The definition of EDI is Electronic Data Interchange. But what does this really mean? To answer this question fully, we need to go back to Heathrow Airport, London in 1971. As air travel was becoming cheaper, air freight was on the rise, which forced the problem of unloading goods once they had arrived to get the planes back in the air again.
Even with 1970’s hardware, the concept of using a computer mainframe to book goods in and out through customs became an absolute necessity and thus the first iteration of EDI was born, DTI (Direct Trader Input).
This method was so successful that it was rolled out across other ports and airports over the next decade.
From there, the next progression was implementing compatible systems into warehouses. These systems were more advanced, handling stock management and allocation.
The Rise of Retail
The continuous rise of the retail giants forced the next big shift in EDI. Standards had to be set, but with this being global enterprise, different continents had differing ideas about what this should be. The solution? 3 different standards. None of which are compatible with each other.
Not a great start as far as standardisation goes, but we won’t let that stand in the way of progress. In the UK, the Article Number Association (now known as GS1) developed TRADACOMS. The UN developed EDIFACT used predominantly in Europe and the US have ANSI X12. These standards are flexible enough for almost any kind of business document, which is why manufacturing, medical and airline sectors have also adopted these standards.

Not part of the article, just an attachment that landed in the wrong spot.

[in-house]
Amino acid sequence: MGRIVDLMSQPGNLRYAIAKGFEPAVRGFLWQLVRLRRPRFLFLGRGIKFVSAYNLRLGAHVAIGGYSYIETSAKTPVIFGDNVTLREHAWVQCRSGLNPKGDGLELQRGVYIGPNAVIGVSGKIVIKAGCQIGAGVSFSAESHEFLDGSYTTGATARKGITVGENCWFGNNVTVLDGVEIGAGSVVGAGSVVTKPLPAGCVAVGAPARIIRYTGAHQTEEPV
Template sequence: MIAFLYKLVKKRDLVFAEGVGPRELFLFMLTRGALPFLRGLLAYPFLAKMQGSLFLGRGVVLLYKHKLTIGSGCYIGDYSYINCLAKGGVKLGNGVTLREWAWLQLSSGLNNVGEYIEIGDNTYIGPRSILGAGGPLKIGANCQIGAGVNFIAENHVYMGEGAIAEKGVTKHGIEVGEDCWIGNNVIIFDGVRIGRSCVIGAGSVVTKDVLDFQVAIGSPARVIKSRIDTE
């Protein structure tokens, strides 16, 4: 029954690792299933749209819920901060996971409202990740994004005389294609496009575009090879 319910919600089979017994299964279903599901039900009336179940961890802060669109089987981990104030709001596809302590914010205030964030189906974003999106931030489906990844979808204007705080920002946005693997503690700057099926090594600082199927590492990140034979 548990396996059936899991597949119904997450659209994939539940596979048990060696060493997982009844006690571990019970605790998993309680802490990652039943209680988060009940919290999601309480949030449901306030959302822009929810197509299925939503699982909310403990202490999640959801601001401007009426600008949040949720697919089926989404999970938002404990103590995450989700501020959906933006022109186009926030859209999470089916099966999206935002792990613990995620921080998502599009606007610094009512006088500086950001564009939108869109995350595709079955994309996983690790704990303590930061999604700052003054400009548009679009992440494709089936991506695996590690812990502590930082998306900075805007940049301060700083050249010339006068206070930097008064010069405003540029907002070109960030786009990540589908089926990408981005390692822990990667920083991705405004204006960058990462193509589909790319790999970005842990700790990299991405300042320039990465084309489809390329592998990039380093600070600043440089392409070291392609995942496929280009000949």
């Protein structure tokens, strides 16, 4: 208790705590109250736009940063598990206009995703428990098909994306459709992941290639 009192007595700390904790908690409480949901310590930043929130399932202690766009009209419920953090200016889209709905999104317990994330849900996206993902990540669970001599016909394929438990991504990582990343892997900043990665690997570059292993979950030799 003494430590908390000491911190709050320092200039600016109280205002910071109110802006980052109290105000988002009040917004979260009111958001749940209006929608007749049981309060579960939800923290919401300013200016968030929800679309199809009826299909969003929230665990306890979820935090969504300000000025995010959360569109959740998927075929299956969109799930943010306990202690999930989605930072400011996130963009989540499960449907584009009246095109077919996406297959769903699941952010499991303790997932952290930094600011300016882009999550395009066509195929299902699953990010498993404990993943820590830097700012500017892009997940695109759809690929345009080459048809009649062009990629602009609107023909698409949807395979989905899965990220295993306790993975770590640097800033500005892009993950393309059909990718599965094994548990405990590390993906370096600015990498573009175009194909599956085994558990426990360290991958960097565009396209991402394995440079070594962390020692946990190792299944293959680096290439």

Computer to computer communication has its obvious benefits. Paper based orders and invoices are prone to mistakes, no matter how careful the accounts team are. Especially when these types of documents are being faxed or scanned and emailed. Converting an electronic order into an invoice removes any inconsistency and, in a perfect supply chain, can be completely automated.
The future of EDI
This brings us to today. Wait… What happened to the last 30 years? Well, to be honest, not a lot. The standards, largely unaltered, still exist to this day and traditional EDI software hasn’t really made huge strides either. That is until now.
The XEDI platform has truly reshaped what EDI can do for businesses around the world. Using a cloud-based approach effectively creates a hub of trading partners, all using the latest proprietary technology to integrate with their existing ERP and accounting systems. Simplicity is the key to the success of this platform. Gone are the days where an EDI consultant would spend weeks mapping a file or months simply connecting to your trading partners.
A centralised approach has streamlined the onboarding and testing phases to just a few clicks, revolutionising the concept of EDI. Connecting to your existing infrastructure is just as simple. Just connect, map the fields with the simple mapping tool and you’re done. In modern computing terms, that’s just the way things work nowadays.
XEDI has brought EDI technology up to speed and beyond. Backed by leading global server infrastructure, XEDI is a solid platform leading the way in EDI today and into the future.